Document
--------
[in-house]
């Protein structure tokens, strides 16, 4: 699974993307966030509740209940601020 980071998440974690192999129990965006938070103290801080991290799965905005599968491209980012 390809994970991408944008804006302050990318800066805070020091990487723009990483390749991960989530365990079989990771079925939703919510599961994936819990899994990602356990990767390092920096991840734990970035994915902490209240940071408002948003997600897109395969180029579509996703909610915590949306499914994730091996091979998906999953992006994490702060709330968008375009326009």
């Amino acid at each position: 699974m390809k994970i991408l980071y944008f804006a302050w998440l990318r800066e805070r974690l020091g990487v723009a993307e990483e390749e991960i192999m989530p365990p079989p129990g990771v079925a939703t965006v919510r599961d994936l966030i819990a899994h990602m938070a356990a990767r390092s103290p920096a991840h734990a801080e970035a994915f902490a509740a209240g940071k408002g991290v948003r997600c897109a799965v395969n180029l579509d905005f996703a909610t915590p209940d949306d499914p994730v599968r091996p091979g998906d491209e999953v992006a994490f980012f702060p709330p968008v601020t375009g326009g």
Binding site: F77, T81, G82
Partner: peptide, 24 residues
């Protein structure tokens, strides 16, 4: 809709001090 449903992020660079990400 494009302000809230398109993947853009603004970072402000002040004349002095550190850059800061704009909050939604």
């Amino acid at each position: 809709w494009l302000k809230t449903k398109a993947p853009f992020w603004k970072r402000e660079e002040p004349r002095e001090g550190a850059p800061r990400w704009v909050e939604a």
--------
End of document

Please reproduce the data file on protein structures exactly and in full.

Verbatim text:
[in-house]
């Protein structure tokens, strides 16, 4: 699974993307966030509740209940601020 980071998440974690192999129990965006938070103290801080991290799965905005599968491209980012 390809994970991408944008804006302050990318800066805070020091990487723009990483390749991960989530365990079989990771079925939703919510599961994936819990899994990602356990990767390092920096991840734990970035994915902490209240940071408002948003997600897109395969180029579509996703909610915590949306499914994730091996091979998906999953992006994490702060709330968008375009326009």
């Amino acid at each position: 699974m390809k994970i991408l980071y944008f804006a302050w998440l990318r800066e805070r974690l020091g990487v723009a993307e990483e390749e991960i192999m989530p365990p079989p129990g990771v079925a939703t965006v919510r599961d994936l966030i819990a899994h990602m938070a356990a990767r390092s103290p920096a991840h734990a801080e970035a994915f902490a509740a209240g940071k408002g991290v948003r997600c897109a799965v395969n180029l579509d905005f996703a909610t915590p209940d949306d499914p994730v599968r091996p091979g998906d491209e999953v992006a994490f980012f702060p709330p968008v601020t375009g326009g």
Binding site: F77, T81, G82
Partner: peptide, 24 residues
């Protein structure tokens, strides 16, 4: 809709001090 449903992020660079990400 494009302000809230398109993947853009603004970072402000002040004349002095550190850059800061704009909050939604």
């Amino acid at each position: 809709w494009l302000k809230t449903k398109a993947p853009f992020w603004k970072r402000e660079e002040p004349r002095e001090g550190a850059p800061r990400w704009v909050e939604a």